Readers Write In #156: Character establishment in Chak De! India

Posted on April 18, 2020

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(by Hariharasudhen Nagarajan)

In ‘Chak De! India’, director Shimit Amin convincingly narrates the triumph of the Indian Women’s Hockey team that begins the film as underdogs. Even today, people talk about the performance of Shah Rukh Khan, who gave us goosebumps by bringing alive on screen some killer lines from the script. People may also not fail to remember the various characters that formed a part of the hockey team, such as Balbir Kaur, Komal Chautala, and Bindya Naik.

Why are these women characters remembered even today? The writer, Jaideep Sahni, consistently shows these characters with their unique traits throughout the film. These characters also undergo an internal journey, similar to the external journey of their team.

I wanted to talk about the character establishment of the women athletes in the scene where the players register for the national team. The writer-director duo takes six minutes of screentime to show us their unique personalities and traits. Their uniqueness gets repeated in the film to maintain consistency. The viewer, having already figured them out in the character establishment scene, gets a head start on these characters' psyche, instead of asking the question that plagues a lot of films: 'But why is the person behaving this way?'.

Setting up characters goes a long way in investing in their journeys. For example, if I saw Balbir Kaur for the first time in the film getting angry at another player during the game, here are a couple of questions that I, as a viewer, may want to ask the writer: Why does this person behave the way that she does? Does this person behave the same off the field as well? Since this is a sports film, the same set of questions would apply to the rest of the players as well. And since there are eleven players involved in a game of Hockey, a viewer might fail to remember each one of these characters because of their individualities.

Jaideep Sahni answers the above questions in the character establishment scene, where he paints a perfect picture of the important characters and also gives us a glimpse of the bigger roles they will go on to play in the film.

We start with Maya Sharma, who gets down from her auto, pays the fare, and walks towards the registration counter in an unassuming way. The assistant coach Krishnaji and Sukhalal expose her bio to the viewer.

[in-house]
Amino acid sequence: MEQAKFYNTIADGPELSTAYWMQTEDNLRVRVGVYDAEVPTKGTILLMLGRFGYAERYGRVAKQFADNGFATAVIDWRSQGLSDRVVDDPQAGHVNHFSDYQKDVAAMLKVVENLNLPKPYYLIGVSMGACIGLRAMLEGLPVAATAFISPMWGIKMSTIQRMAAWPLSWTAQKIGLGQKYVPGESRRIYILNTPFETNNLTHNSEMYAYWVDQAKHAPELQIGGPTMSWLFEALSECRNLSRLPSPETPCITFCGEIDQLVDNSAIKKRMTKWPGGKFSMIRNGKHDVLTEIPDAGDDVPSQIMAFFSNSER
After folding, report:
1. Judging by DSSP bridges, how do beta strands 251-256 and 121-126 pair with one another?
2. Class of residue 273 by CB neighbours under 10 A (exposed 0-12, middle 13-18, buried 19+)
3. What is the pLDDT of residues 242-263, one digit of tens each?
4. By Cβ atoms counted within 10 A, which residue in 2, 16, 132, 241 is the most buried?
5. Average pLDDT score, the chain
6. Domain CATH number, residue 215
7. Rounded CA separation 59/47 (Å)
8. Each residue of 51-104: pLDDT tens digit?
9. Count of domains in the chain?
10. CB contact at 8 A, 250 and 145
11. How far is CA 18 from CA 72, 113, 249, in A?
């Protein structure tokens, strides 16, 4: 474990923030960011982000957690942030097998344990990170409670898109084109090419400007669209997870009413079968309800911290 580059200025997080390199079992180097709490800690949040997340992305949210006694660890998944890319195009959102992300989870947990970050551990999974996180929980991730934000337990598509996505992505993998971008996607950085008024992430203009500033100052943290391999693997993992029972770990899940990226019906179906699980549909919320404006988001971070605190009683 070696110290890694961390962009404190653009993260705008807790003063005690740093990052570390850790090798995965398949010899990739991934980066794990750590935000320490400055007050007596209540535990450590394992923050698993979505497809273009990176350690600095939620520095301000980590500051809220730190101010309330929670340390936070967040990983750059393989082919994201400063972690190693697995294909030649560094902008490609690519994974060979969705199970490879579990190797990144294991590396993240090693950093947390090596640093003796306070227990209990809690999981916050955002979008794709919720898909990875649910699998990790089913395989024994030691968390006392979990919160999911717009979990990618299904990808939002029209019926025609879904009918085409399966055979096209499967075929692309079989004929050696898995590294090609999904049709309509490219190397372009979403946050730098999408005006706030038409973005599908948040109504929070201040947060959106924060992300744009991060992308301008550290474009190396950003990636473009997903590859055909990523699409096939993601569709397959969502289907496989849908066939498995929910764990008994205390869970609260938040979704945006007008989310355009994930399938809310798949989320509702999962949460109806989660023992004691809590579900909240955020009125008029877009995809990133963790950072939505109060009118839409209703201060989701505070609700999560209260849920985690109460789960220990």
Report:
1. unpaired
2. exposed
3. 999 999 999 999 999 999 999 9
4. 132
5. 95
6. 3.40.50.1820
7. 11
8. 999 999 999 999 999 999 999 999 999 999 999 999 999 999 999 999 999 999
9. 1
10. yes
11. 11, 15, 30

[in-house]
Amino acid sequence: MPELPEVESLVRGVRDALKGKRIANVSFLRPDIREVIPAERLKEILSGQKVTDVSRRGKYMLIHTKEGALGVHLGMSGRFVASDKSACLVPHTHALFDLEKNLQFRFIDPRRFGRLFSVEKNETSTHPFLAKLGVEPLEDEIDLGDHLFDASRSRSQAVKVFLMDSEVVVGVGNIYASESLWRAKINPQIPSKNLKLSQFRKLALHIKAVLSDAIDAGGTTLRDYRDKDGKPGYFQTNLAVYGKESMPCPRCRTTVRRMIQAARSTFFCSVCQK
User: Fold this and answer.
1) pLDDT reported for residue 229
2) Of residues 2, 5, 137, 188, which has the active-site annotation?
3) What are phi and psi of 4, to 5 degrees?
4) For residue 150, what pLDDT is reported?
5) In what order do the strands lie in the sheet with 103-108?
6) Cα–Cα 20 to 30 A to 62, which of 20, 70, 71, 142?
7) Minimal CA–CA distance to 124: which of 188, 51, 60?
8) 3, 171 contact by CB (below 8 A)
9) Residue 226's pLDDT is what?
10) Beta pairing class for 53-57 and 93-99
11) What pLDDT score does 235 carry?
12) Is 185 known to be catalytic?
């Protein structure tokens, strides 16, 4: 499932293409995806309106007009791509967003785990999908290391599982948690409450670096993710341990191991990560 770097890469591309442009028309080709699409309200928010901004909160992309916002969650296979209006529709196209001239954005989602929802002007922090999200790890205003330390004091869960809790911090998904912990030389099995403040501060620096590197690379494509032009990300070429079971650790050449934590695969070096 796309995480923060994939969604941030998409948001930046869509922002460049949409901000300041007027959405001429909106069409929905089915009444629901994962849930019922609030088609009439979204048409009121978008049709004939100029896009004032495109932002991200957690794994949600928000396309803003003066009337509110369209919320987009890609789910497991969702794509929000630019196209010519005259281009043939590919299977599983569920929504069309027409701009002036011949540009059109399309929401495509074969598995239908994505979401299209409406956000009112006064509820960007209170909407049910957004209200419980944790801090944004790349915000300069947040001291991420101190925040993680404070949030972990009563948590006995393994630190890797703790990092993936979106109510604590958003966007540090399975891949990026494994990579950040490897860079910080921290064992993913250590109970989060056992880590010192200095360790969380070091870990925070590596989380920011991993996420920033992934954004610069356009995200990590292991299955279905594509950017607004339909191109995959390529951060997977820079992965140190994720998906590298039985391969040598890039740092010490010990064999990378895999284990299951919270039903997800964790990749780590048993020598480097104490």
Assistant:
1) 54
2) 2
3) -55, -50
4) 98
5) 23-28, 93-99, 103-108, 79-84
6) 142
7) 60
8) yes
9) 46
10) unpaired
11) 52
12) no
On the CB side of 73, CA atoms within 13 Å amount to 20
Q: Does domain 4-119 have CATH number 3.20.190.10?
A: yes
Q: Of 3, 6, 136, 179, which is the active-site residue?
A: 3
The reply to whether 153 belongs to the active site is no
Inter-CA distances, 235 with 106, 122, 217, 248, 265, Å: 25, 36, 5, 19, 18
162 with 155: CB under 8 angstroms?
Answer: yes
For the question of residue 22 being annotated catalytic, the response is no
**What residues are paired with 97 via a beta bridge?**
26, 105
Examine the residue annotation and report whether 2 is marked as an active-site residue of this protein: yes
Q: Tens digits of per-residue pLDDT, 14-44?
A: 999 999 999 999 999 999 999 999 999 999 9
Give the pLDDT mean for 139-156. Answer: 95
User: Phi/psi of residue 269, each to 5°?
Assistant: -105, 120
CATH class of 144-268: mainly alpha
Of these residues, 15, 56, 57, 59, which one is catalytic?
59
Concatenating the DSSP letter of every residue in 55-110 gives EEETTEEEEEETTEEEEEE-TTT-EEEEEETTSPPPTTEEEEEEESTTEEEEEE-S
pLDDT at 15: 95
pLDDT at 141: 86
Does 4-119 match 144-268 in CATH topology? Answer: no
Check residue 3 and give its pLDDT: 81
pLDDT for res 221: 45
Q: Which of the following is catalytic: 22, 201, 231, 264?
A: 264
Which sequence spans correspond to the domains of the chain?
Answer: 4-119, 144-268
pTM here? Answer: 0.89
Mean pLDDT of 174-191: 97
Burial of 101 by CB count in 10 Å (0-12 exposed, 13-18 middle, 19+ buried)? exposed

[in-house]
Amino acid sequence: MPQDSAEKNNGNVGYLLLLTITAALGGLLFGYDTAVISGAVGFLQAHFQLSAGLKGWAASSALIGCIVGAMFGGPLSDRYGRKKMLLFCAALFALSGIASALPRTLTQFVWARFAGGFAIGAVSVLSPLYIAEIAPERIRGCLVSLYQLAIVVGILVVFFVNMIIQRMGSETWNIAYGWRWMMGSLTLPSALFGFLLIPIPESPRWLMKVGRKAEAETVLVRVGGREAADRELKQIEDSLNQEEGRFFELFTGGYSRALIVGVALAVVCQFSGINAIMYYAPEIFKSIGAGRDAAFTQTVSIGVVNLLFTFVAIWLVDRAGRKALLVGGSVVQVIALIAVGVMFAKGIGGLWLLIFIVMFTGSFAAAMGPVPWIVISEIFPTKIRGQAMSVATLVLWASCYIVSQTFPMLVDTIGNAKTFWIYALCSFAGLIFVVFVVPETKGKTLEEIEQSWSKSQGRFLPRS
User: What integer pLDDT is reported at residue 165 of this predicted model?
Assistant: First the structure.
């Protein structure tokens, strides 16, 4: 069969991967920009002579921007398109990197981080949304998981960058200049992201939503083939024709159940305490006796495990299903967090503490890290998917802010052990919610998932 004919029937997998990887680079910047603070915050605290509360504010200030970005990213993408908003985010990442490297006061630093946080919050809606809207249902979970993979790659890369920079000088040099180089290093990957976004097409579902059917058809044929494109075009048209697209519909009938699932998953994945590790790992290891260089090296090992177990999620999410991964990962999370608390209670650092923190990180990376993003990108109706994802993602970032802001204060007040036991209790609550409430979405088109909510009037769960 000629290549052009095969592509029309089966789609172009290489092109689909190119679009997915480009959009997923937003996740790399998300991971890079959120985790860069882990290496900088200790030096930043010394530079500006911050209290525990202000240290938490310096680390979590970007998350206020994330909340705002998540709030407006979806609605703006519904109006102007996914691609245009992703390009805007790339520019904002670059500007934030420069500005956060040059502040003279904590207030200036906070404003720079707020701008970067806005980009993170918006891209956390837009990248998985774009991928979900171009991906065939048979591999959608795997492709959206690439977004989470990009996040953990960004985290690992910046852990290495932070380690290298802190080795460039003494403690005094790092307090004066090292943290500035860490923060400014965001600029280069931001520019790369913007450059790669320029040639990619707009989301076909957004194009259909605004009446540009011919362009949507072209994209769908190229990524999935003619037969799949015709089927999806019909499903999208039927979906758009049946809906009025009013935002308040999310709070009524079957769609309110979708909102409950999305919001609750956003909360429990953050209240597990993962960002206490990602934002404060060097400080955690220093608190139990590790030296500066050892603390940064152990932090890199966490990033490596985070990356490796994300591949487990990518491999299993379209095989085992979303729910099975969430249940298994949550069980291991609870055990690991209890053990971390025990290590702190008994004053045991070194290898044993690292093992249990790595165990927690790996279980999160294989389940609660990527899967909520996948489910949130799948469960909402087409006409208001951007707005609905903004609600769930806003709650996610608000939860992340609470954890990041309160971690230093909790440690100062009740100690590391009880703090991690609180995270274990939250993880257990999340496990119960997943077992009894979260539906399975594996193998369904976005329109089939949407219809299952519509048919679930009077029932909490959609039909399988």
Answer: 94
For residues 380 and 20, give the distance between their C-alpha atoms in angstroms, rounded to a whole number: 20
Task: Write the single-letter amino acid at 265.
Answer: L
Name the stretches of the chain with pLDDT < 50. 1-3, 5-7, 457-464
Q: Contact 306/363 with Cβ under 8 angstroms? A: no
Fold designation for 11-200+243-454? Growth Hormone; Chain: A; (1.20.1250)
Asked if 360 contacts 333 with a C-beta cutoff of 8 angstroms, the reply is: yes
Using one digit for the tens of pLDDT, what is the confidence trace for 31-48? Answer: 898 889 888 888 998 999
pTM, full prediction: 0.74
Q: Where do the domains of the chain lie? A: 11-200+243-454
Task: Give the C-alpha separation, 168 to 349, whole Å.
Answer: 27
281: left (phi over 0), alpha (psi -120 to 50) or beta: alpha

We see Balbir Kaur as someone with anger issues when she has an ugly argument with the auto driver regarding the fare. Kabir Khan teaches her to put her anger to good use after seeing her misdemeanors.

We see Komal Chautala as someone who has a winning mentality but is intent on proving a point to her opponents. She has a duel with her equally competitive and self-centered teammate, Preeti Sabarwal, through the rest of the film.

We see the difficulty faced by Soi Moi because she does not know Hindi. This gets repeated later on when Balbir Kaur gets into a fight with Soi Moiafter she fails to process Balbir Kaur‘s instructions in her mother tongue Punjabi, which allows the opponent team to score a goal.

When two men, thinking that Molly Zimik and Mary Raltedon’t know Hindi, pass a derogatory comment, one of them gets slapped by Molly Zimik. They confess to Sukhlal that they are seen as guests in their own country. A similar incident happens later in the restaurant scene when another creepy man passes a similar comment, which begins a fight and ends up uniting the team.

We see the senior most member Bindya Naik refusing to obey orders from Krishnaji when the latter asks her to be respectful towardsKabir Khan. She also mocks Sukhlal. Bindya tries to ouster Kabir Khan from the team because she became powerless once he took over as the head coach.

We see Preeti Sabarwal attending the orientation session late because she takes the team, and the game, for granted. It could be because her fiancé, a star cricketer, takes her for granted and looks down on her profession.

Even Kabir Khan‘s displeasure at players associating themselves with their states is consistent. He expresses his disappointment about the same topic with his friend, Uttamaji, in the previous scene. When the players register their names to be eligible for selection, Nethra Reddy asks Sukhlal not to stereotype South Indians as Madrasis. We see Balbir Kaur wearing a Punjab jacket. Preeti Sabarwal tells Kabir Khan that she is Chandigarh Hockey Team’s captain. We also see Gul Iqbal‘s mom, who wants her daughter to maintain the family’s successful track record with the sport. These events foreshadow the subsequent segment in the same scene where Kabir Khan sidelines players who introduce themselves to him by stating the states they belong to instead of their country.

The scene begins with establishing their unique characters and ends with them unitedly tying their names with ‘India’ after Kabir Khan asks them to play for the country first, followed by their teammates and finally for themselves if they have energy remaining in them. The story told in this scene is essentially the story of the film.

The film was not only about Kabir Khan, but also several other women who fought with themselves, their teammates, their families, and the male chauvinistic society. There is a transformation to these characters and the people around them when the end credits start rolling. Writing is predominantly about characters changing through the course of the film. A lot of films focus only on the external journeys of their characters. Few films focus on the internal and external journeys of the main character that would ensure such films stand the test of time. Very few films like ‘Chak De! India’ take us on internal journeys and one common external goal of multiple characters in just 150 minutes, making this a truly great film!